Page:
When it comes to the question of success, those who have achieved it are viewed as a strange species by those who have not yet become successful. We have been told over and over that we can do it if we just work hard enough. We think we are doing our best so we wonder what the difference is between their hard work and our hard work. If we are both giving all of the effort possible, why do they see a reward but we do not?
Is it luck?
Ask that question to one of those self-appointed experts and you’ll see their head spin like the girl Regan in The Exorcist. It’s as if the mere suggestion of luck is a personal insult. “No. I work too hard to have my special talent and considerable effort to be cheapened by an insinuation of silly superstition. I did this on my own. I am a product of hard work and sacrifice. Luck has nothing to do with it.”
If it’s not luck, then what is it? What makes you so special? It can’t be hard work and sacrifice alone. Because there are nations in Africa filled with women who work harder in a day than you ever will in your lifetime but they will never know wealth. Because there are physically and emotionally broken soldiers returning from war who have sacrificed more than you can imagine and for many of them the ability to get out of bed in the morning is how they define success.
Would it really be a bad thing to admit you’re lucky? If you still can’t bring yourself to admit you live a charmed existence, then there can only be one thing holding you back.
Which, once again, reminds me of that Steve Taylor song ‘What is the Measure of Your Success?’ At the end of the song, Taylor writes from the perspective of a dying man regretting a lifetime of pride and greed. “I am an old man and the word came. But you can't buy time with a good name. Now when the heirs come around like buzzards on a kill, I see my reflection in their envious eyes. I'd watch it all burn to buy another sunrise.”
Is that your future? Watching your offspring bicker over your fortunes? Wishing to trade everything in exchange for another day of life?
Your ego is so big you can’t even see the ground upon which you walk. You don’t recognize how you benefited from a set of circumstances that allowed your choices to pay off. You may have forgotten about the opportunities provided to you – through education or mentors or supportive parents. Perhaps you haven’t been plagued by debilitating injury or disease. Maybe you were never sidelined by a catastrophic failure of your only means of transportation. You ignore how your personality contributes to your successes and that’s something you were born with – that’s God given and not anything you earned on your own. And maybe, just maybe, chances were in your favor because of the color of your skin or your gender or your religion or your family name or the schools you attended.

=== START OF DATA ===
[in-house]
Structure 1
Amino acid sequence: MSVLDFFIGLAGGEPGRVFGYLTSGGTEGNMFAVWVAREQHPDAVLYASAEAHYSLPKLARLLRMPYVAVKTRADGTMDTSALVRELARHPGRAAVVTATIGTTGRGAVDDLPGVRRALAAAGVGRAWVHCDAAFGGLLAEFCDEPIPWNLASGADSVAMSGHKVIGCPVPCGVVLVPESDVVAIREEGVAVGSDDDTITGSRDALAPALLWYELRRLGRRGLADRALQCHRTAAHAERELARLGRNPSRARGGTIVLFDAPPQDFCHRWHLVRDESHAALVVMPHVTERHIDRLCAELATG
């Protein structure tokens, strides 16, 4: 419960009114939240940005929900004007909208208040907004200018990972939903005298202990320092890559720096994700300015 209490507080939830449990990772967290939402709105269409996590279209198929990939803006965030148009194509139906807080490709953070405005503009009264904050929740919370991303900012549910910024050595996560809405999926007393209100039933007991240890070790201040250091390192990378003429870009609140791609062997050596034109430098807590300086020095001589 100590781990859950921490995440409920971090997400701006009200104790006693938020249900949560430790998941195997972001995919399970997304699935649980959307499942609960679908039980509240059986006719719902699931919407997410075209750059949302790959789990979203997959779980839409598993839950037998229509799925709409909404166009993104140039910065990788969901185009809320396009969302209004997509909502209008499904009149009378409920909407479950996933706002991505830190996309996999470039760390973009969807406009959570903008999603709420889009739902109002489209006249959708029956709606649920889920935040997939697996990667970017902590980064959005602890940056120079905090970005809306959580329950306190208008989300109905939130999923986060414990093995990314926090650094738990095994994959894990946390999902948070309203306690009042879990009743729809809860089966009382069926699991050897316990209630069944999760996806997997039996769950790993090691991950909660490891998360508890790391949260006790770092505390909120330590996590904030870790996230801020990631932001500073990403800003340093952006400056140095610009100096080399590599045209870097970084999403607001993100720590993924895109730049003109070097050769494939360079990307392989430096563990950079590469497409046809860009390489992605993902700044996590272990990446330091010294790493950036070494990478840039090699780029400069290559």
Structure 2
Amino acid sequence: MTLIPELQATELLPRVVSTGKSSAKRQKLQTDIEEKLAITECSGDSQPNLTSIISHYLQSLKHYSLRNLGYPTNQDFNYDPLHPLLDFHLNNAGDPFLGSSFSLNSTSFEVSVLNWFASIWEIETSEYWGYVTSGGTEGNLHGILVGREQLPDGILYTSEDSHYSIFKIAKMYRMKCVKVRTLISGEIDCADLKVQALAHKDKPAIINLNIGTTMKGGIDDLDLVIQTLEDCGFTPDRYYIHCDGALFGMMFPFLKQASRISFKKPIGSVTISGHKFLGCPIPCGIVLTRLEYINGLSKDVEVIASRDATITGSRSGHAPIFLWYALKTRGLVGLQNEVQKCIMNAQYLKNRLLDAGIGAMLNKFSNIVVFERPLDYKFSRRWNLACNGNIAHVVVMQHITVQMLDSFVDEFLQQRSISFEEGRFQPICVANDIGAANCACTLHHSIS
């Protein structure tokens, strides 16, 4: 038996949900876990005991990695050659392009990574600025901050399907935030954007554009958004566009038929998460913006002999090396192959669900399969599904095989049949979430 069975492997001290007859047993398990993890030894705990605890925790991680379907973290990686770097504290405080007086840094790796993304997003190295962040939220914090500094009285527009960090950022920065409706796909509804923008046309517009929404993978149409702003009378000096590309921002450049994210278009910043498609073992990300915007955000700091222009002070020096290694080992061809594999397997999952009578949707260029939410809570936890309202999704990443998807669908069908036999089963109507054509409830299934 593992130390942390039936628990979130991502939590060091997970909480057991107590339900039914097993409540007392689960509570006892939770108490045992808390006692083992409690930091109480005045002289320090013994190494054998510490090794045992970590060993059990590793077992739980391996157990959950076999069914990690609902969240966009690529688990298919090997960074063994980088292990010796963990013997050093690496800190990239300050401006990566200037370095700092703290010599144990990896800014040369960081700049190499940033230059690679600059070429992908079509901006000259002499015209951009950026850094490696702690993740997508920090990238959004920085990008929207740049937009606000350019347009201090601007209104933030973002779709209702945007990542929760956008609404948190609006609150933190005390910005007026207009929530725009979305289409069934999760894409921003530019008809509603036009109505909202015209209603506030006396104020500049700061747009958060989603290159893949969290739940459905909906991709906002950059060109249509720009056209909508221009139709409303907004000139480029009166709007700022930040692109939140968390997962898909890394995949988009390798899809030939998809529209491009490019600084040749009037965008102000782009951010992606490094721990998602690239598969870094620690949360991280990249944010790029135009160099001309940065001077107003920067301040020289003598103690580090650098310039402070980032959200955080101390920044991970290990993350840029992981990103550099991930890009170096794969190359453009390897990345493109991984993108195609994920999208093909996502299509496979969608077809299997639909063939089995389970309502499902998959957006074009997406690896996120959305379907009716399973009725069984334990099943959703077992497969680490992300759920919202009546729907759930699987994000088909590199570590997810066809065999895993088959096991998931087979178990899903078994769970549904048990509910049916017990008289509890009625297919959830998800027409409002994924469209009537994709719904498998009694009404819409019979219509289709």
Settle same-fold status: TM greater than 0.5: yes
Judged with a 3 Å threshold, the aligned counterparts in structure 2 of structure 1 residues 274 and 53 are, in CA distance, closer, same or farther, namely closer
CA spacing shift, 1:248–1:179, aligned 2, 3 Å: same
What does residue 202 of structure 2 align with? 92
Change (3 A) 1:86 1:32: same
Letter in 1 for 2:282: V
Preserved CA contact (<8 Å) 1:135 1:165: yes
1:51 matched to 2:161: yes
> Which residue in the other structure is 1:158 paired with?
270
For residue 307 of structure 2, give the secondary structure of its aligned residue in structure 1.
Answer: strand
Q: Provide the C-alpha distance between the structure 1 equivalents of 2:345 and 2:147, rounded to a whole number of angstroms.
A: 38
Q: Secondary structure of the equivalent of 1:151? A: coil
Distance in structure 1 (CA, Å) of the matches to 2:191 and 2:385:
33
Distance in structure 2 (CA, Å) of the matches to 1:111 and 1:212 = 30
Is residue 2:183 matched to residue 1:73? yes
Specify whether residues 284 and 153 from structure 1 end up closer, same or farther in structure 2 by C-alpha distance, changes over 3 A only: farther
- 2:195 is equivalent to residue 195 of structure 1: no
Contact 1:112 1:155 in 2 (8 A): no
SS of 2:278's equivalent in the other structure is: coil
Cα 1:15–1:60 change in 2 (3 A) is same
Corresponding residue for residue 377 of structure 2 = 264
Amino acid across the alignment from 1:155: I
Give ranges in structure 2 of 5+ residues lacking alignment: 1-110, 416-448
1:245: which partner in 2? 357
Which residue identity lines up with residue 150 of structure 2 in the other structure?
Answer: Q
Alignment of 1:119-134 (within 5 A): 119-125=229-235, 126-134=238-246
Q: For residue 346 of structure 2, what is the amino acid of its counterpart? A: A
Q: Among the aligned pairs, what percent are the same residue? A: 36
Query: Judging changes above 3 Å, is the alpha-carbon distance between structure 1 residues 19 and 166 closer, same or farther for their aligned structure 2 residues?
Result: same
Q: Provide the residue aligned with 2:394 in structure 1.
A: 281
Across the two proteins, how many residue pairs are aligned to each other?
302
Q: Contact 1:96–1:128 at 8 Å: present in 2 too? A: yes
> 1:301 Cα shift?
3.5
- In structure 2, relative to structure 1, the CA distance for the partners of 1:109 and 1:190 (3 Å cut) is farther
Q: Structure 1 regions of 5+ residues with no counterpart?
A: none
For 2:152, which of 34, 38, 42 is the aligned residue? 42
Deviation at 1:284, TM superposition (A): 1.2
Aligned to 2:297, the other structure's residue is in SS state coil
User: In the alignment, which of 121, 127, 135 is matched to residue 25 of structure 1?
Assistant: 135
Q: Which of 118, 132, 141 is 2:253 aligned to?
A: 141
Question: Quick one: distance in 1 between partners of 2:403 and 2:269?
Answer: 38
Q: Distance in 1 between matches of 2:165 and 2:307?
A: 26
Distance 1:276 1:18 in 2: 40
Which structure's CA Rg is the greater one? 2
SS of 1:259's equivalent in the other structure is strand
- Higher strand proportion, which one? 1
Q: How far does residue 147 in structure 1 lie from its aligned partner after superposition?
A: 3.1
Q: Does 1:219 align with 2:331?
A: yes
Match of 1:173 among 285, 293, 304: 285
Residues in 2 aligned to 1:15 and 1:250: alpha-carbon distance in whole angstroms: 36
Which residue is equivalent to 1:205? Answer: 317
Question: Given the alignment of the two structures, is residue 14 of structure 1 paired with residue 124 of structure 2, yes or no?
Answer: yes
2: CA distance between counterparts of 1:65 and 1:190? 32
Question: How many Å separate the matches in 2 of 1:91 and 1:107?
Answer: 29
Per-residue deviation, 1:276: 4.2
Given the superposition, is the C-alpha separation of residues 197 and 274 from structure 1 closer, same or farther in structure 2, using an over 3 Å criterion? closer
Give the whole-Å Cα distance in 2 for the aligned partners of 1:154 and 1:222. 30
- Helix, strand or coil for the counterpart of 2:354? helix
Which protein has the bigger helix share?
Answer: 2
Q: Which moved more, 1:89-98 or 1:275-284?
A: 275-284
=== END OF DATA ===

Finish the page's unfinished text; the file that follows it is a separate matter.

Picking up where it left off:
I will not dispute hard work is needed to achieve success. But effort will always be elevated by circumstances and events and opportunities out of your control. Diligent effort can also be negated by different sets of circumstances, events, and opportunities. It won’t kill you to admit you’re lucky.
The silly part about this? I don’t even believe in luck. I believe in providence. I believe in hard work and planning. Yet I have no shame in giving credit to a luck I don’t believe exists.
On the surface, one could say I live a blessed life. My kids are delightful. My parents are as supportive as possible considering they live 900 miles away. I have an encouraging circle of friends that are like family. I have a great job and I am good at it. My colleagues respect me, my boss trusts me, and my clients frequently praise me. I have my own private office. My professional schedule is flexible within reason and allows me freedom to take care of my family and hustle on my writing when I am off the clock. I live in a scenic resort town where here is no shortage of things to do and my apartment is within walking distance of my employer, two beautiful parks, the grocery store, and my favorite pizza joint. My bills are paid, my kids are healthy, and I am happy.
Am I successful? Based on the paragraph above, I would have to say yes. I am successful. But that is just the surface. Underneath, I am a single parent to three kids. While I make more money than others in this area, the size of my household places my salary under the federal poverty level. Normal goods, necessities, and housing are more expensive than in neighboring communities because we live in a tourist destination. 90% of my kids’ wardrobes came from thrift shops. I cook at home as much as I possible so that I don’t have to spend money at restaurants. I would love to go out to the movies more and see more concerts but it’s just not in the budget.
Am I lucky? Consider the following. I work in an industry where the average tenure is less than a year and I have stayed for twelve years. I never finished college but got promoted into a position that required a degree. Most of the people that do the same job I do at different companies have degrees in IT. While I may not be educated, I am intelligent which helps in an environment driven by data. Even with my relatively low wages I am still able to feed and clothe my kids and keep them entertained.
Realistically, it isn’t luck. It’s a matter of being in the right place at the right time. It is a result of God’s good grace. I can look at what lead me to where I am and see the results of my labor but I also see where friends, families, and acquaintances have helped where I was unable to do it alone.
I may not believe in luck, but if you tell me I’m lucky I will agree with you. I am lucky. So damn lucky.